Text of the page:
Here’s a thought that was brought to my attention by the folks over at @FDALawyers during the Digital Pharma East conference last week: as long as the FDA does not release guidelines on how to approach social media, they remain powerless to enforce it.
It doesn’t seem right, does it? Well, hear me out.
Apparently (again, thanks @FDALawyers) the Supreme Court has ruled multiple times that if a regulating agency does not provide clear guidance, it cannot impose penalties. The case cited was the FCC vs. Fox and ABC for various infractions on the broadcasting code. It turns out that the FCC wasn’t able to make its penalties stick because it had not issued clear enough guidance to the broadcasters about what was in, and out, of bounds. In the court’s words:
(a) The fundamental principle that laws regulating persons or entities must give fair notice of what conduct is required or proscribed, see, e.g., Connally v. General Constr. Co., 269 U. S. 385, 391, is essential to the protections provided by the Fifth Amendment’s Due Process Clause, see United States v. Williams, 553 U. S. 285, 304, which requires the invalidation of impermissibly vague laws.
Now, at first blush this would seem to indicate that the FDA can’t issue letters against companies that violate regulations that are unacceptably vague. The FDA non-guidance on social media would certainly constitute regulations that were vague.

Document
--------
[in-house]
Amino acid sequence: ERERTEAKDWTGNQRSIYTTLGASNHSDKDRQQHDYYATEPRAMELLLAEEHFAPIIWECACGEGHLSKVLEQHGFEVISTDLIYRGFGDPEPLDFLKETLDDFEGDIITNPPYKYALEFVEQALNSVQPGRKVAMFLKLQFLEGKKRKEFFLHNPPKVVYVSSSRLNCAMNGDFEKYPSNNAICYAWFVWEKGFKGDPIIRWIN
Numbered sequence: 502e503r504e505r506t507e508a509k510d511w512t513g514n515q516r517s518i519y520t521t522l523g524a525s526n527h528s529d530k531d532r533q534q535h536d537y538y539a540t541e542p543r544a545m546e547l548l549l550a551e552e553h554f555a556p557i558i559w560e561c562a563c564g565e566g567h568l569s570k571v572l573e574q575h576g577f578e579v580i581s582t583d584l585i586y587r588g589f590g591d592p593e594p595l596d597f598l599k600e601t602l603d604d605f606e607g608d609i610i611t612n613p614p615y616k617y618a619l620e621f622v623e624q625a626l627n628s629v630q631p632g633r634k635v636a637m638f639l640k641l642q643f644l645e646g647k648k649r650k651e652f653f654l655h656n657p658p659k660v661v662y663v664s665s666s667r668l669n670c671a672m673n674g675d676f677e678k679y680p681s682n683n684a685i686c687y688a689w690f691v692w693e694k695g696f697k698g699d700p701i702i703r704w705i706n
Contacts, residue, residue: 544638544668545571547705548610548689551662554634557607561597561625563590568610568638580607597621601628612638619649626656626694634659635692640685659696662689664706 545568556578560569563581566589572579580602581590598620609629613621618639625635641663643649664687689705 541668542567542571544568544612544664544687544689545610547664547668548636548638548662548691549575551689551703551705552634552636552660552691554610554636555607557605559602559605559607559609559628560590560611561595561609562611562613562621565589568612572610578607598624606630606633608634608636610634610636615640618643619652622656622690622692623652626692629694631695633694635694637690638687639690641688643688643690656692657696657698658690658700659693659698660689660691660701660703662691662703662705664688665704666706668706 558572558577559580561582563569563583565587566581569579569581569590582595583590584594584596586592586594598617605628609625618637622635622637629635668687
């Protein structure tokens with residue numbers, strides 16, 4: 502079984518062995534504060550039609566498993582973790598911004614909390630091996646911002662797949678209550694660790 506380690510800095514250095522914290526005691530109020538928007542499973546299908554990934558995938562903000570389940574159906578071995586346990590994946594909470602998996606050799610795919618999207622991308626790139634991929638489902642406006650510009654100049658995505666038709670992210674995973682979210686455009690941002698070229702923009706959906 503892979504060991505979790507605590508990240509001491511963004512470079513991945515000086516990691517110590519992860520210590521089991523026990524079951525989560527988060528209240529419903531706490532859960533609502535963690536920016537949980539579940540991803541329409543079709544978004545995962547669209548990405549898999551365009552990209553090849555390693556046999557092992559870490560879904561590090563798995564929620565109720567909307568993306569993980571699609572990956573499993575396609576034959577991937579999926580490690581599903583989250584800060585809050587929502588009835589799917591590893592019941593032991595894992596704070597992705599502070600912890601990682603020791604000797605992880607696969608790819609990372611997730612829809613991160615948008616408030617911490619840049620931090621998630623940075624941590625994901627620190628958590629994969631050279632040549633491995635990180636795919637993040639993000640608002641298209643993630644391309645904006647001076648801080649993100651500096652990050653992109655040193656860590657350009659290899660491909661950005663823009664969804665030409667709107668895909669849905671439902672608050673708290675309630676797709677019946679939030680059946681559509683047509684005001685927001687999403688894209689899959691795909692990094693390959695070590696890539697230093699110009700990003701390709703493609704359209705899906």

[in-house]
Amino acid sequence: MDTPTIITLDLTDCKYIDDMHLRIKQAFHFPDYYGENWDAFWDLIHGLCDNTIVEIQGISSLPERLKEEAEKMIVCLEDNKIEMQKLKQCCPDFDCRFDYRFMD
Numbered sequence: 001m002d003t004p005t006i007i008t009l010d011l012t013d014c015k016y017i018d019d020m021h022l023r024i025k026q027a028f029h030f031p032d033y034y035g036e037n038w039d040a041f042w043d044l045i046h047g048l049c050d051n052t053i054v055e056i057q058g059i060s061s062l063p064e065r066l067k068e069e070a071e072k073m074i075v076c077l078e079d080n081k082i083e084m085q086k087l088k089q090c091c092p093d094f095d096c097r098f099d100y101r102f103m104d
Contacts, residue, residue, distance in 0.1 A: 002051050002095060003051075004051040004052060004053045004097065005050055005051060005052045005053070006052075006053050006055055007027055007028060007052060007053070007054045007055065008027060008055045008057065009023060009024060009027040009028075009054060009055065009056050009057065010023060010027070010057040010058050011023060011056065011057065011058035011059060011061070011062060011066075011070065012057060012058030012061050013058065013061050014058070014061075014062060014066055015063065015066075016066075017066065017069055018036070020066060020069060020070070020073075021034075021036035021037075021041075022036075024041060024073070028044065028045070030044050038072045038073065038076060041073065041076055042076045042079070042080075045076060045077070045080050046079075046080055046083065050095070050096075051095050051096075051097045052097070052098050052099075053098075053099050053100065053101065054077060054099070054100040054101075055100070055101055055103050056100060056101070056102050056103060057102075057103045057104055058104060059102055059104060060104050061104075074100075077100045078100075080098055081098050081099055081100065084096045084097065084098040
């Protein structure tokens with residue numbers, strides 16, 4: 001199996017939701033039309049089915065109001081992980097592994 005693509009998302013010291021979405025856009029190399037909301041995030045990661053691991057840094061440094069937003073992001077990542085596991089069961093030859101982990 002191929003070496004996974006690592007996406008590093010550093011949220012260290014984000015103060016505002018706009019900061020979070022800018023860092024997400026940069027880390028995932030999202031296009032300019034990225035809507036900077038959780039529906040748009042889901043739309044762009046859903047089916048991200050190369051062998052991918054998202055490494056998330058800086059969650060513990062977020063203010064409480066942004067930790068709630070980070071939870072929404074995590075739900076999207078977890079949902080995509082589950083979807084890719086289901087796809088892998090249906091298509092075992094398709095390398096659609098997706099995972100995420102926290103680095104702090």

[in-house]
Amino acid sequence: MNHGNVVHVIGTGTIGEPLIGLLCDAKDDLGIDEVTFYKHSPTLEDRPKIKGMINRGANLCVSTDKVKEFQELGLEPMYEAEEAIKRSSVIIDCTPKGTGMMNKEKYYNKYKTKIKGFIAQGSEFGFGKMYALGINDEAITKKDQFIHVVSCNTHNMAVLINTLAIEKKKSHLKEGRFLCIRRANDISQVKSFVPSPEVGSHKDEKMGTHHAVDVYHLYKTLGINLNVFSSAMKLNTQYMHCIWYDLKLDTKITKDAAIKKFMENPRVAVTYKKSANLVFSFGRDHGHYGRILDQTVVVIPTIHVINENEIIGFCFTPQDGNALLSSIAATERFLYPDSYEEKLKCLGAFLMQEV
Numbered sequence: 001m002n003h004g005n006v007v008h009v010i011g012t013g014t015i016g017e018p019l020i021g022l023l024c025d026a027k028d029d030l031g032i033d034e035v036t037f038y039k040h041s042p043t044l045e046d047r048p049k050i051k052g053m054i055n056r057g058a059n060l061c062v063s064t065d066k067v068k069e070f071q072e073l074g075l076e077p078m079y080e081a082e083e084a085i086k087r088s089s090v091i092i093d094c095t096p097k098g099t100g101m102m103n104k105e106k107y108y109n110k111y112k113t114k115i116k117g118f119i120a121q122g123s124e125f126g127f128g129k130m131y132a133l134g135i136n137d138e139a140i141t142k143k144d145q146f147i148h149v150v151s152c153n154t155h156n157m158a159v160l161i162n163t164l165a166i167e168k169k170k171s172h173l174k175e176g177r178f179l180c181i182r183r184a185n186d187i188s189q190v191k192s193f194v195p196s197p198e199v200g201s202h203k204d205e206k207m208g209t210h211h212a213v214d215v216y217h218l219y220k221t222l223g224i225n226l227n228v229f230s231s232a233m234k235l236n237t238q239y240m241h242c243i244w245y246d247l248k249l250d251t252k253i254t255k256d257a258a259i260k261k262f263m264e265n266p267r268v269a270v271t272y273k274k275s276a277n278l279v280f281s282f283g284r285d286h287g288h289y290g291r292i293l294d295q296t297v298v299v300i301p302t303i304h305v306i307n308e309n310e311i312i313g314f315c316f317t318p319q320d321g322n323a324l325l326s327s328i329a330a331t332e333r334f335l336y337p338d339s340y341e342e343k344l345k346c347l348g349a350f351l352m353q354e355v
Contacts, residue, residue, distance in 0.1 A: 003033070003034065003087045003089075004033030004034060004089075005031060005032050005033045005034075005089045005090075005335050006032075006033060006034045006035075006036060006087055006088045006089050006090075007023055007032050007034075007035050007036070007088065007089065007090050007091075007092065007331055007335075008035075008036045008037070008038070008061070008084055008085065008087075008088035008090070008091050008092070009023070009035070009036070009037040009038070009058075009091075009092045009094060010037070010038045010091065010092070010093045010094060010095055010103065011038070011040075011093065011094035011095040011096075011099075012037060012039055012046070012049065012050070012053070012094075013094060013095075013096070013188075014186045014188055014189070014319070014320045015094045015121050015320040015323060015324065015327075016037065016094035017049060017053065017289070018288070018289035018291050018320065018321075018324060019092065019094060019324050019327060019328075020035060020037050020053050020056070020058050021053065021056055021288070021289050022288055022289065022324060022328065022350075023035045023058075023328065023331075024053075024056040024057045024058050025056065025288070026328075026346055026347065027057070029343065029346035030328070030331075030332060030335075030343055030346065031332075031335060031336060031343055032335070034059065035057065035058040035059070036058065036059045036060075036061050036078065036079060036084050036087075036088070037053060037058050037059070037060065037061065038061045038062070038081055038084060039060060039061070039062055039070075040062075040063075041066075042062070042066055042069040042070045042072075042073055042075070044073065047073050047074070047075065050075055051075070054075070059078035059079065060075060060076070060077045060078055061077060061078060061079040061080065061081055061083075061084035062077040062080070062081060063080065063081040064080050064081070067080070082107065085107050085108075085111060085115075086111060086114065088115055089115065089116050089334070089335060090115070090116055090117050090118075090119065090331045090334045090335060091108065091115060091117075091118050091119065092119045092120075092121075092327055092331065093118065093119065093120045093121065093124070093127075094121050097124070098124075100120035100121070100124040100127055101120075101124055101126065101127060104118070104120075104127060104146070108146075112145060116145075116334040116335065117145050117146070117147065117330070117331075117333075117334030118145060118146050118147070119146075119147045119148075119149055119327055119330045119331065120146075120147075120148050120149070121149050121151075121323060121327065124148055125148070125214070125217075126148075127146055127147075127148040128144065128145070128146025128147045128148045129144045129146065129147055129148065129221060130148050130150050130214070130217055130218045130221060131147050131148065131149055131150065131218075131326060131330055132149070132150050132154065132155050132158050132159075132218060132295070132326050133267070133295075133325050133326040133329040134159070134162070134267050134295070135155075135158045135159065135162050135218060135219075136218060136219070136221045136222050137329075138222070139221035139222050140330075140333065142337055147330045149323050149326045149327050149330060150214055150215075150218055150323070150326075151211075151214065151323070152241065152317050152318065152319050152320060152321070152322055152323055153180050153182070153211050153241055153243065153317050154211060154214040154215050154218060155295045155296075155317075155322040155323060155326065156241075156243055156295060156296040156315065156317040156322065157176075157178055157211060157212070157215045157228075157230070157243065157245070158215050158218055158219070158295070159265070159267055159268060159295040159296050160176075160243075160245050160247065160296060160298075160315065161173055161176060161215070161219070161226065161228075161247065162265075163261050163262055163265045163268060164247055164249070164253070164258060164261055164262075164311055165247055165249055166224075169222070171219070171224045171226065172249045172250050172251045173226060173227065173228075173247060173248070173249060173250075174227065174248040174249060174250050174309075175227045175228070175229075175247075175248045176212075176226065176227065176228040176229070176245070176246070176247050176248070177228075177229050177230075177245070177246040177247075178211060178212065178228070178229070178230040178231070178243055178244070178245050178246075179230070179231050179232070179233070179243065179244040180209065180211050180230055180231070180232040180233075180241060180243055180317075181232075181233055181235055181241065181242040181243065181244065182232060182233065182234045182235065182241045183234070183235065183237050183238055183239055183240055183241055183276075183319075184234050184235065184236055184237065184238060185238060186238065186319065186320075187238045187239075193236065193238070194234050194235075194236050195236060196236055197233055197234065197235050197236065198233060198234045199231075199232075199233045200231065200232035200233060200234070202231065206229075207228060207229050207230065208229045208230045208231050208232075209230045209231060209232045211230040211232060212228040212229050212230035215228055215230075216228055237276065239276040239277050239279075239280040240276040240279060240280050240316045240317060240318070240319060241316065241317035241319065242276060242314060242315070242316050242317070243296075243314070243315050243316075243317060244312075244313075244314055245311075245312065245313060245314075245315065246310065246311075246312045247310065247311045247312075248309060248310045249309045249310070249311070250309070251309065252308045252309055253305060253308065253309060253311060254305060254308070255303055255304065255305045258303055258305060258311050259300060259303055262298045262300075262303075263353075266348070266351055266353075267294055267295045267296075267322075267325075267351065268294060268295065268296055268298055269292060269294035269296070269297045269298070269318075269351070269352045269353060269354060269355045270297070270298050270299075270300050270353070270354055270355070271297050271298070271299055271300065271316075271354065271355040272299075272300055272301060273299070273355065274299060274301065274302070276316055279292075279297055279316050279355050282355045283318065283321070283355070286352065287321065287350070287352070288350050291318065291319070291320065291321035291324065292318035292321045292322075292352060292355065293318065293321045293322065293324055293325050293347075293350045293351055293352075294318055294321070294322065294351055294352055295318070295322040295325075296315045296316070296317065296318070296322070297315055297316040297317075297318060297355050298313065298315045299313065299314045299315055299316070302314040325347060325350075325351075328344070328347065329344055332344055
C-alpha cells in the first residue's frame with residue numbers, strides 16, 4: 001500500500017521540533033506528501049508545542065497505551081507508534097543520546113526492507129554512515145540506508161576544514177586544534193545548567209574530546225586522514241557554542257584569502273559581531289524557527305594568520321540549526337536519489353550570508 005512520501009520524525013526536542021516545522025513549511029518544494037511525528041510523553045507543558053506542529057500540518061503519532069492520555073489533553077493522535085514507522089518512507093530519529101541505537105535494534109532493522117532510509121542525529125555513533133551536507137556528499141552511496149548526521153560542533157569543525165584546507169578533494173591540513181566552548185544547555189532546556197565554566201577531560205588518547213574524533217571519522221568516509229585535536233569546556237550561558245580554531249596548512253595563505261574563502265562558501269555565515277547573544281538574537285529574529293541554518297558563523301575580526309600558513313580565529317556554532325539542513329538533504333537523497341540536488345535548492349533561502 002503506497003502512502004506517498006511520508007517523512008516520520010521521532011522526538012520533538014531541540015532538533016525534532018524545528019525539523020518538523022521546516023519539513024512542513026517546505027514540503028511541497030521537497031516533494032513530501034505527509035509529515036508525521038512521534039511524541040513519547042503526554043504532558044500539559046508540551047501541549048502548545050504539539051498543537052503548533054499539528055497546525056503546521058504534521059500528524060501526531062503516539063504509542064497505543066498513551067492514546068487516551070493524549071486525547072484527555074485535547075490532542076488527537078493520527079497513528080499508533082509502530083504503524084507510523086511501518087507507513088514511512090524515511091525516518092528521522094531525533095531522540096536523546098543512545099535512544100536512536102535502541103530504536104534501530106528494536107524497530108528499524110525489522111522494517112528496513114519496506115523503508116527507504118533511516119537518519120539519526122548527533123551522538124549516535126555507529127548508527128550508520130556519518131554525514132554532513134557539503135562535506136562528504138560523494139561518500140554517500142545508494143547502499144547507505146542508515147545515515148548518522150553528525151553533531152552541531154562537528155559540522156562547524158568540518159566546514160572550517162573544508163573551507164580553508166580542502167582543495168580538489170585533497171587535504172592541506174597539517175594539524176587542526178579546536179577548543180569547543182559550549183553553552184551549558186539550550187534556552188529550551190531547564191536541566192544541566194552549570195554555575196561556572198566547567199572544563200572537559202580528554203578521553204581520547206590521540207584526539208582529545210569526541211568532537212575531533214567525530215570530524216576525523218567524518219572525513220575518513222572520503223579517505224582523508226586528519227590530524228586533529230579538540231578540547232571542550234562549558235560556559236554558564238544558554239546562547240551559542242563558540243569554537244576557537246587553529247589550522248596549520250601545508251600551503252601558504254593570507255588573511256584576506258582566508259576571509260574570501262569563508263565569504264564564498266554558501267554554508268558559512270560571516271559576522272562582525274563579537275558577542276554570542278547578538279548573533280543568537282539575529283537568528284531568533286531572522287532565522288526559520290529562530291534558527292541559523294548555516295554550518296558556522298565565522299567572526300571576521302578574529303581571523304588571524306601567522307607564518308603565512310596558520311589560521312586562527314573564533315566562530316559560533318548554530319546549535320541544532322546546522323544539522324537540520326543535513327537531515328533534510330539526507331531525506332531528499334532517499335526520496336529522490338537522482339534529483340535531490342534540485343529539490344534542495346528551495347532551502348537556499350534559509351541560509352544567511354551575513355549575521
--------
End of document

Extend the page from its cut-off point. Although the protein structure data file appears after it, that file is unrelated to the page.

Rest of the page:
However, what is an FDA letter really? I know that marketers in pharmaceutical companies are deathly afraid of them, but what happens after a company is issued a letter? They reply with their plan to fix the problem. Then the FDA tells them whether that fix is adequate.
And that’s pretty much it.
So, as long as the company doesn’t go out of its way to flout the process or ignore the FDA’s requests most of the time the problem just goes away.
When looking at the Supreme Court’s issue with the FCC the penalties were a lot heavier than a letter, they were financial. I’m actually left thinking that the Supreme Court would consider the FDA letters as “fair notice”. The only way that would be invalidated is if the company could show that an FDA letter is a form of financial punishment … which should be possible based on the amount of work it puts the companies through.
In any event, it is possible we’re better off without written guidelines regarding social media for pharmaceutical marketing, regardless of what so many pundits say.